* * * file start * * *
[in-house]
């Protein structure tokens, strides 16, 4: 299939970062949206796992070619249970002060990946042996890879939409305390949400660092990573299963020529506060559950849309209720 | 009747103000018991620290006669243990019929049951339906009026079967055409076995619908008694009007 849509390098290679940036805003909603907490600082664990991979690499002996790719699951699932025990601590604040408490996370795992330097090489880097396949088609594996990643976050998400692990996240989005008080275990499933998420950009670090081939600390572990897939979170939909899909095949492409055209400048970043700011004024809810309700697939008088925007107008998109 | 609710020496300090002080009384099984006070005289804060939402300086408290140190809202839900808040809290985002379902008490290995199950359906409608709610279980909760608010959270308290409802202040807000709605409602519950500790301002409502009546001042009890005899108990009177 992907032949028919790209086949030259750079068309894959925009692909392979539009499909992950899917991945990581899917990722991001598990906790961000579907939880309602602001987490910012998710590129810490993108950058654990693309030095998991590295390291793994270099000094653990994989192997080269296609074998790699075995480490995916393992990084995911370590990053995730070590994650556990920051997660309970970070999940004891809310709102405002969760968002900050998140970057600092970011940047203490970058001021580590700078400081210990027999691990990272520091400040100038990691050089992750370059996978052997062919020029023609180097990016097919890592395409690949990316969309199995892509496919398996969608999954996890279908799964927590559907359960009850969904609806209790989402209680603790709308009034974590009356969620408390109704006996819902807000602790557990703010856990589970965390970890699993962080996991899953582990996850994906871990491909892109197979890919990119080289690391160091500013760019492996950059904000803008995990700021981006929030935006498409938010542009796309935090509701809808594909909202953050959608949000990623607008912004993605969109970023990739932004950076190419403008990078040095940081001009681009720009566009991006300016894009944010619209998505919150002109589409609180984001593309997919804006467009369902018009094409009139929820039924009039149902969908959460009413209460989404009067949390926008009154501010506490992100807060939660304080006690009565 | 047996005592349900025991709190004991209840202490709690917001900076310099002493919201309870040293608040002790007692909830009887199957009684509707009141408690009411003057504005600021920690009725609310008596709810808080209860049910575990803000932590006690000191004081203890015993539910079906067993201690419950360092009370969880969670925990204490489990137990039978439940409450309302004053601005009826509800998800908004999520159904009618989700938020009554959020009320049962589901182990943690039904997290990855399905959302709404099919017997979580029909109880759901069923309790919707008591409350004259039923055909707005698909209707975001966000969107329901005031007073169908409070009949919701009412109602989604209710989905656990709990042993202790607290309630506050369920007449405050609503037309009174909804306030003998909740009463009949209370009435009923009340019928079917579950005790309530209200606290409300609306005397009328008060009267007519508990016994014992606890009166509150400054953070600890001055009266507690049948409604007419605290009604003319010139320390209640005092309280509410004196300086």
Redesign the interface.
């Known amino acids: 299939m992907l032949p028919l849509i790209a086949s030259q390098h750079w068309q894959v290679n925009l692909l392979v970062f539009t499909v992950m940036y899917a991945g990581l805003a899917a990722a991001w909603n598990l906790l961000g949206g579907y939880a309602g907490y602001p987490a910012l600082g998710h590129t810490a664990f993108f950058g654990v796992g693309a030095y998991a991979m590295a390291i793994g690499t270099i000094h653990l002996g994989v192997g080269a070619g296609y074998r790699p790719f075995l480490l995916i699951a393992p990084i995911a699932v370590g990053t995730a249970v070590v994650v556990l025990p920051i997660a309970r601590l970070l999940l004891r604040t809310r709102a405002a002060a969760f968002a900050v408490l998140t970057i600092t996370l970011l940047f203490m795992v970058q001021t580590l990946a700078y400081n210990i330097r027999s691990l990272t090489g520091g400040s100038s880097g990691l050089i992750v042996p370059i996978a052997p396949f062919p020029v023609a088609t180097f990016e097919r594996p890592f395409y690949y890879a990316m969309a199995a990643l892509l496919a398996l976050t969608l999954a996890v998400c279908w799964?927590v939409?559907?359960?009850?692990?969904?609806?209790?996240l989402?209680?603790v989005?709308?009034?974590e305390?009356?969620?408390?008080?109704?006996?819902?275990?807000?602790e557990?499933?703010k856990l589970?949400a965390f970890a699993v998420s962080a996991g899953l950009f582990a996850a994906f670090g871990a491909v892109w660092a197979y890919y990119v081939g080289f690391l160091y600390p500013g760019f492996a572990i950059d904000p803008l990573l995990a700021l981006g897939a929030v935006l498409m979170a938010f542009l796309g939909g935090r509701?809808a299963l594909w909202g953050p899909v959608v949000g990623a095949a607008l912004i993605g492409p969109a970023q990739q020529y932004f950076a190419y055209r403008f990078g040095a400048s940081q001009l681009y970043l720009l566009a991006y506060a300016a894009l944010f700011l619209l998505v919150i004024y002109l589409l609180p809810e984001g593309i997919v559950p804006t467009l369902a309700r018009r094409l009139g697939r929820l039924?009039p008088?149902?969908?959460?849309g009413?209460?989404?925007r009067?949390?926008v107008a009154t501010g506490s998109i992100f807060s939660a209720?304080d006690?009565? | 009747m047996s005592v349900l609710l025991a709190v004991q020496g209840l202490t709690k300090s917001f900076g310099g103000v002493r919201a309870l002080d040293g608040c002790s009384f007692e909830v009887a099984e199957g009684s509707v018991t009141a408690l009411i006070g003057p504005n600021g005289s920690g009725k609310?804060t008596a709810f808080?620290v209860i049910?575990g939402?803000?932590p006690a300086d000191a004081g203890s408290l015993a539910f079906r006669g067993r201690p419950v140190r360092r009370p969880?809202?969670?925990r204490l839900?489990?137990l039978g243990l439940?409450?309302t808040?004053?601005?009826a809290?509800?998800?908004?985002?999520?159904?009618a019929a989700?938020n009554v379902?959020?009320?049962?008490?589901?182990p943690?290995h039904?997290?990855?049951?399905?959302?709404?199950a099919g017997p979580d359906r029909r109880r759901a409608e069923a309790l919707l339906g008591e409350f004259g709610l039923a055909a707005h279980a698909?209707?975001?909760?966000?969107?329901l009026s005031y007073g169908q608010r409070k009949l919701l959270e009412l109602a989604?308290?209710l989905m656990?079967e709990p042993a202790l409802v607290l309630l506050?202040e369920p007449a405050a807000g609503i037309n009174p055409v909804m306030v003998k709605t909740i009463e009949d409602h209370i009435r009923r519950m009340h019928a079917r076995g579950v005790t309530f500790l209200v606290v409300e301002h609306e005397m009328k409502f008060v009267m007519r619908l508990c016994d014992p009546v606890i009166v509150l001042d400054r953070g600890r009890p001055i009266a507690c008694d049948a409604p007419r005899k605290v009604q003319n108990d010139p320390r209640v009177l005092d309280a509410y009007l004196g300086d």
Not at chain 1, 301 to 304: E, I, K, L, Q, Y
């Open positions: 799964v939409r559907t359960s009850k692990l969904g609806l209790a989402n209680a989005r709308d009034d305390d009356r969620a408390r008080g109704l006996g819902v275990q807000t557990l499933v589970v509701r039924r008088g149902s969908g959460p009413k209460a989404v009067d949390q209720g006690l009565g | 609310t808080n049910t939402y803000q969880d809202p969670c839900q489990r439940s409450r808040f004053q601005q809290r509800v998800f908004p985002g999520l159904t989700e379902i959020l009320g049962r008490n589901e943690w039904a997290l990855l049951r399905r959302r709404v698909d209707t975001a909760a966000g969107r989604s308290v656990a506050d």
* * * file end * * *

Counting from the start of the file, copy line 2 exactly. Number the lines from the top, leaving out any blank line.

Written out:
């Protein structure tokens, strides 16, 4: 299939970062949206796992070619249970002060990946042996890879939409305390949400660092990573299963020529506060559950849309209720 | 009747103000018991620290006669243990019929049951339906009026079967055409076995619908008694009007 849509390098290679940036805003909603907490600082664990991979690499002996790719699951699932025990601590604040408490996370795992330097090489880097396949088609594996990643976050998400692990996240989005008080275990499933998420950009670090081939600390572990897939979170939909899909095949492409055209400048970043700011004024809810309700697939008088925007107008998109 | 609710020496300090002080009384099984006070005289804060939402300086408290140190809202839900808040809290985002379902008490290995199950359906409608709610279980909760608010959270308290409802202040807000709605409602519950500790301002409502009546001042009890005899108990009177 992907032949028919790209086949030259750079068309894959925009692909392979539009499909992950899917991945990581899917990722991001598990906790961000579907939880309602602001987490910012998710590129810490993108950058654990693309030095998991590295390291793994270099000094653990994989192997080269296609074998790699075995480490995916393992990084995911370590990053995730070590994650556990920051997660309970970070999940004891809310709102405002969760968002900050998140970057600092970011940047203490970058001021580590700078400081210990027999691990990272520091400040100038990691050089992750370059996978052997062919020029023609180097990016097919890592395409690949990316969309199995892509496919398996969608999954996890279908799964927590559907359960009850969904609806209790989402209680603790709308009034974590009356969620408390109704006996819902807000602790557990703010856990589970965390970890699993962080996991899953582990996850994906871990491909892109197979890919990119080289690391160091500013760019492996950059904000803008995990700021981006929030935006498409938010542009796309935090509701809808594909909202953050959608949000990623607008912004993605969109970023990739932004950076190419403008990078040095940081001009681009720009566009991006300016894009944010619209998505919150002109589409609180984001593309997919804006467009369902018009094409009139929820039924009039149902969908959460009413209460989404009067949390926008009154501010506490992100807060939660304080006690009565 | 047996005592349900025991709190004991209840202490709690917001900076310099002493919201309870040293608040002790007692909830009887199957009684509707009141408690009411003057504005600021920690009725609310008596709810808080209860049910575990803000932590006690000191004081203890015993539910079906067993201690419950360092009370969880969670925990204490489990137990039978439940409450309302004053601005009826509800998800908004999520159904009618989700938020009554959020009320049962589901182990943690039904997290990855399905959302709404099919017997979580029909109880759901069923309790919707008591409350004259039923055909707005698909209707975001966000969107329901005031007073169908409070009949919701009412109602989604209710989905656990709990042993202790607290309630506050369920007449405050609503037309009174909804306030003998909740009463009949209370009435009923009340019928079917579950005790309530209200606290409300609306005397009328008060009267007519508990016994014992606890009166509150400054953070600890001055009266507690049948409604007419605290009604003319010139320390209640005092309280509410004196300086």